So many of the emails I get asking for help have to do with finances in marriage. You’re in debt, you’re not on the same page, and you don’t know what to do. So today I thought I’d write a post on the 10 best ways to save money! I asked you all for your best money-saving tip on my Facebook Page last week, and here they are, all consolidated.
When we hear the question “what’s your best money-saving tip”, though, we usually think about the regular purchases–groceries, clothing, entertainment. But the biggest parts of our budget are often our recurring expenses–our mortgage, car loan, credit card payments, utilities, etc. So the chance for the biggest savings is often in those big ticket items! I’m going to start with how to save money on those, and then move on to great tips on how to save money on our regular purchases.
Recurring Expenses–Bigger Ticket Items
1. Get Rid of Cable
Do you really need cable? My mother recently got rid of cable because it was costing her almost $70 a month for a basic plan, and all she really watched was the news. She can stream the news on the internet. Instead, she hooked up to Netflix and can now watch the British dramas she likes for less than $10 a month.
We haven’t had cable in 15 years, and we really don’t miss anything. It’s all on the internet anyway.
2. Shop Around for Loans, Insurance
If you need a new car, or you’re looking to renew your insurance, don’t just go with the bank because it’s easiest. Shop around for best deals on auto credit or on insurance. I often balk at doing this because I don’t have the time, but with a little internet research you can often get quotes quite quickly. Have a teen in your house? Pay them $20 to spend an hour getting you a ton of quotes. It’s worth it!
And if you don’t have great credit, auto credit express will help you out anyway. And many local mortgage dealers will as well. So if you need the car or the mortgage, look into it. But above all, start using the other tips so that your credit will improve!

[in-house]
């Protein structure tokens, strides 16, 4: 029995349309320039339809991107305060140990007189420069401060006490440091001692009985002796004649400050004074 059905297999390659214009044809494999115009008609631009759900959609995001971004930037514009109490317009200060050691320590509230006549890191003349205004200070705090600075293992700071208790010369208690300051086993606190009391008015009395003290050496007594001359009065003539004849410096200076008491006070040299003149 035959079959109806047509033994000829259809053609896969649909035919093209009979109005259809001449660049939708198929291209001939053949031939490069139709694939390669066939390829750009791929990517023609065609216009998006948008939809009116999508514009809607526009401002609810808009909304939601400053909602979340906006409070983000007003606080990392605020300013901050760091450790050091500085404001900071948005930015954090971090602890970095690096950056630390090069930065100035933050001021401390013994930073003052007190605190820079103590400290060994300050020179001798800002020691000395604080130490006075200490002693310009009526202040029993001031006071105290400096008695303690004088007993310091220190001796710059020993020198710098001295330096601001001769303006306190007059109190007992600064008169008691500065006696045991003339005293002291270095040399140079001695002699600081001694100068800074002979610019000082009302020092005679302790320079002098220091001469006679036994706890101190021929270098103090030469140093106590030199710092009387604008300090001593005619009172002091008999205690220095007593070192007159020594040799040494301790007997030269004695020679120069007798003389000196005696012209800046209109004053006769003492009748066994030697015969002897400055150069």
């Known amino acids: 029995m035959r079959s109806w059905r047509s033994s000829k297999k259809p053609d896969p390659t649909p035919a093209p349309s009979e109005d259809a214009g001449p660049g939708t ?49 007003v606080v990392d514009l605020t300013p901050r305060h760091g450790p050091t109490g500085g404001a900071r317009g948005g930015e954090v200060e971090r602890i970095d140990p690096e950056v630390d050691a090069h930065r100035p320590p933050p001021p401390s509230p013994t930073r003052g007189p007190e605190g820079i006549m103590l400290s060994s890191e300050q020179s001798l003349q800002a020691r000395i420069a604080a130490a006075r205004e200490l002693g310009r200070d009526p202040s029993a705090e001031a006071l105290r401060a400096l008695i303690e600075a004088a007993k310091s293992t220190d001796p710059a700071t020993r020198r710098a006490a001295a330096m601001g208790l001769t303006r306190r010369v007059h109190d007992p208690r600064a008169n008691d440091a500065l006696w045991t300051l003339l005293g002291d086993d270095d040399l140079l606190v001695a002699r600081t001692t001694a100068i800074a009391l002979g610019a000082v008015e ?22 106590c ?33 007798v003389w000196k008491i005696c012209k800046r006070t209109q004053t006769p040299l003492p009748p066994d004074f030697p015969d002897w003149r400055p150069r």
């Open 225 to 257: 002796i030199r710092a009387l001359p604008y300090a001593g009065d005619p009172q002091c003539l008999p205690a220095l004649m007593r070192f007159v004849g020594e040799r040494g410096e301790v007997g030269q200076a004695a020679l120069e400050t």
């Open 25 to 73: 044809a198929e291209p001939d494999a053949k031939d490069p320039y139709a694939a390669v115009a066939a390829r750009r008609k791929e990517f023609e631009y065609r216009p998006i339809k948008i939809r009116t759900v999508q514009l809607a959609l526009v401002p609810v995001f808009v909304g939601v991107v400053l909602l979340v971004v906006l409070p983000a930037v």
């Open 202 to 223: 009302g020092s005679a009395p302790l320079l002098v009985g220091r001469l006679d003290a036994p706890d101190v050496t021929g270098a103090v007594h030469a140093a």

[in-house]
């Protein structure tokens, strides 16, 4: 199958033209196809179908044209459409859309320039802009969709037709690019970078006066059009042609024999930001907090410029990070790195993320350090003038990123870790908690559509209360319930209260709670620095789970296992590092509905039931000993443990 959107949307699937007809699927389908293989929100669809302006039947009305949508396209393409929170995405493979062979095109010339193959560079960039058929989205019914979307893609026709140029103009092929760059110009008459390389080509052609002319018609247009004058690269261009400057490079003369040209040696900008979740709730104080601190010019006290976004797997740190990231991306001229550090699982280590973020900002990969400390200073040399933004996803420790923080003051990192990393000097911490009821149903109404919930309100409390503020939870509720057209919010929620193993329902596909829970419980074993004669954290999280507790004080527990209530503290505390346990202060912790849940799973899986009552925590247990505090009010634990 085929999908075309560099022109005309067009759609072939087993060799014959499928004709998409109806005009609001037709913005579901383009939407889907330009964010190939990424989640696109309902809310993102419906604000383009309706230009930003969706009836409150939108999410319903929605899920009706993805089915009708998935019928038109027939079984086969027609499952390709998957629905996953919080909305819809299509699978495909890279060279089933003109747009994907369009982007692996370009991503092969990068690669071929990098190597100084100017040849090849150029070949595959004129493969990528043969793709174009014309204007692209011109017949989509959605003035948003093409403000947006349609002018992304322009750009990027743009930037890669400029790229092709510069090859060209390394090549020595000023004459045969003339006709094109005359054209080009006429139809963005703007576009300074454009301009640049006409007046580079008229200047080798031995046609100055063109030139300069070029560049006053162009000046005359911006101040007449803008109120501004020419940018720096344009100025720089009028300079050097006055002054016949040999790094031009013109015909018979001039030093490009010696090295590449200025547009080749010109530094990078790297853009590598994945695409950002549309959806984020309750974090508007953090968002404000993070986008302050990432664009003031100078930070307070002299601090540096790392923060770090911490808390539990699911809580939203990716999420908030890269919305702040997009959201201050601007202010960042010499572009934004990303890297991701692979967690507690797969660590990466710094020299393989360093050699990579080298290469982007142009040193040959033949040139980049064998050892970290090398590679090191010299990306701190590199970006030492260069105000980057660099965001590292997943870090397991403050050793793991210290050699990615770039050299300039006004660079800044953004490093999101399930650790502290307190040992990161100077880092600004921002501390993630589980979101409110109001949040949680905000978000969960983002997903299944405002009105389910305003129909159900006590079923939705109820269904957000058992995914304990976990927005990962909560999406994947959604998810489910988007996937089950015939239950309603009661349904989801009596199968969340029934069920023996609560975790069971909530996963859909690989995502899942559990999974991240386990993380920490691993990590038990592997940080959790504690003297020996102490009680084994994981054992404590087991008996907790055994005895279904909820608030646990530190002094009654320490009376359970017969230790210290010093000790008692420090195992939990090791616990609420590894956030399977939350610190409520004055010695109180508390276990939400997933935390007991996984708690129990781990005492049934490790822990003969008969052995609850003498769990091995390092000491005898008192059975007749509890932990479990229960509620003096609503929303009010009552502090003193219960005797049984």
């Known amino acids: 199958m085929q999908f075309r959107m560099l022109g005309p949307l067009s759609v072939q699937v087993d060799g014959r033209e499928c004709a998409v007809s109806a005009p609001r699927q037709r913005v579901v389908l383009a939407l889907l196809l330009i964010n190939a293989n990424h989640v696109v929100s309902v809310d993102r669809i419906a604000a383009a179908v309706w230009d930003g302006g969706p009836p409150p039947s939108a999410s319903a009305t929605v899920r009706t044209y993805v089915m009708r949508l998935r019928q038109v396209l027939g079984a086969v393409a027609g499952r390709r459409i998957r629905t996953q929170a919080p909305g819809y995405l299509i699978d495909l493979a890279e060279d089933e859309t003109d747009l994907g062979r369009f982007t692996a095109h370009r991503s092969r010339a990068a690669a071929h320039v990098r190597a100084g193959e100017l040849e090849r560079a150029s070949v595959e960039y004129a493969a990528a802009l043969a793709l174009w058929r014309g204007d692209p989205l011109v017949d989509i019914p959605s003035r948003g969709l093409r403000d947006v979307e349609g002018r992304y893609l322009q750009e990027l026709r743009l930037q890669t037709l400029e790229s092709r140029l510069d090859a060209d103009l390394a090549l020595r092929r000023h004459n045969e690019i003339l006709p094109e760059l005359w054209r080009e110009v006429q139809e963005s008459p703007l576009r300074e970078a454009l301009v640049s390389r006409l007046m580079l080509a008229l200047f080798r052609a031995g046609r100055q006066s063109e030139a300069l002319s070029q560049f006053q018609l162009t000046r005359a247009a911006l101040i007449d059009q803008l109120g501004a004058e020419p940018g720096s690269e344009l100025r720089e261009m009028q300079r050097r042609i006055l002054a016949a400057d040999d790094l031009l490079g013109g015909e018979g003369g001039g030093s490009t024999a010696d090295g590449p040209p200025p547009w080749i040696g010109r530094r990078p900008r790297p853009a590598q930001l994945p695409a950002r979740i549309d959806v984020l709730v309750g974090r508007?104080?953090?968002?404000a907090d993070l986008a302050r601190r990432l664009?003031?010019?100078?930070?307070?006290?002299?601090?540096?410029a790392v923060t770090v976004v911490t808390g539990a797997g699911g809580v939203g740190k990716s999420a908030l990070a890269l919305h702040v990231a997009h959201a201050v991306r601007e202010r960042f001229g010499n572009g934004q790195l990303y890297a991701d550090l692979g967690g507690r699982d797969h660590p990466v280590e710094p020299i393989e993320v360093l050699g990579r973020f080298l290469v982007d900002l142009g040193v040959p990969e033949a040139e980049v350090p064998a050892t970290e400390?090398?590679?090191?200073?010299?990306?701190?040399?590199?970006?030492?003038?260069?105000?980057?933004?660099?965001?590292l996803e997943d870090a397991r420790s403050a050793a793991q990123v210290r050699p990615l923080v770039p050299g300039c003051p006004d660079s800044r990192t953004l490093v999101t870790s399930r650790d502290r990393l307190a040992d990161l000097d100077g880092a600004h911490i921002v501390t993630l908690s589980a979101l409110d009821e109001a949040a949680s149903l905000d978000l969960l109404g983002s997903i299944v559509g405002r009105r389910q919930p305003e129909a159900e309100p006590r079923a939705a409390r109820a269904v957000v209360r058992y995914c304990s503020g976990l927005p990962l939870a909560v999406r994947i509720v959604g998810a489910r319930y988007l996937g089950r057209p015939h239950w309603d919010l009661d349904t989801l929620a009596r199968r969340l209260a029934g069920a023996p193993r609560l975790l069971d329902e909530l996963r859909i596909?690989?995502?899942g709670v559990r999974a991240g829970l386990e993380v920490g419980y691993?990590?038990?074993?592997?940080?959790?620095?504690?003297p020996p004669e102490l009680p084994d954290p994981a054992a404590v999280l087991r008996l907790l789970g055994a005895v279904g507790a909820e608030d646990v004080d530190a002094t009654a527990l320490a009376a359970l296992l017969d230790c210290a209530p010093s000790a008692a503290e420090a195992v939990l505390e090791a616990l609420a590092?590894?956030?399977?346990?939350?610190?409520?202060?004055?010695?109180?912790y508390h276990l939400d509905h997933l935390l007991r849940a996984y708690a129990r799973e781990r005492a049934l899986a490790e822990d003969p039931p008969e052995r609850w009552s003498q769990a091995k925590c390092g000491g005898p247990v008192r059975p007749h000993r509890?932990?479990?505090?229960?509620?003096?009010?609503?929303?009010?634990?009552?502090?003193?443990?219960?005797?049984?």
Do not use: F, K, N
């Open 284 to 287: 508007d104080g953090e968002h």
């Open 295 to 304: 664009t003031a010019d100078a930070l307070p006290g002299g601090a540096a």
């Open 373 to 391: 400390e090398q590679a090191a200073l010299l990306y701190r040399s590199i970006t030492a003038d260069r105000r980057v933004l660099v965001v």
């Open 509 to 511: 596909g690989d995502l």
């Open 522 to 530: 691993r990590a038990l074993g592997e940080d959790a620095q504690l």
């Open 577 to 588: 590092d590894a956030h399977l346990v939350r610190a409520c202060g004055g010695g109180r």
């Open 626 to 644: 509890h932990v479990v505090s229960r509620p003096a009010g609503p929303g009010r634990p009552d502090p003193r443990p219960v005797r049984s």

3. Term Life Insurance is Good–every other life insurance policy? Probably not.
If you’re under 50, term life insurance is really pretty cheap, especially if you don’t smoke. Try to insure the main breadwinner in your family for at least $500,000, if you can, so that if the person were to suddenly die, you’d have a comfortable cushion.
But banks and other loan providers often try to “sneak” insurance in to other things, too. Mortgages often come with life insurance–if you die, your mortgage is paid off! It sounds great, but let’s say you owe $150,000 on the mortgage. I can pretty much guarantee you that if you went to an insurance company or a Prime America life insurance broker and took out an additional $150,000 in term life insurance it would be cheaper than the life insurance that goes with the mortgage. So opt out of that.
Opt out of credit card insurance schemes, too. Pay your credit card off in full, and you won’t need balance protection insurance in case of unemployment. And simply get enough term life insurance that these debts would be covered anyway without needing 5 or 6 different policies for each different loan you have.
The one type of insurance people don’t get enough of is disability insurance. If someone dies, it’s tragic, but it’s not nearly as expensive as if someone is in a horrific car accident or something and becomes disabled. And the latter is actually more likely than the former. When you’re disabled, you may have to remodel your house and bathroom and kitchen, you may need nursing care, and you may need other equipment. Don’t skimp here!
One of my regular readers, Leanne, has a great blog called Sensible Money Solutions! And she has some tips for saving money on house insurance, too.
4. Consolidate Your Loans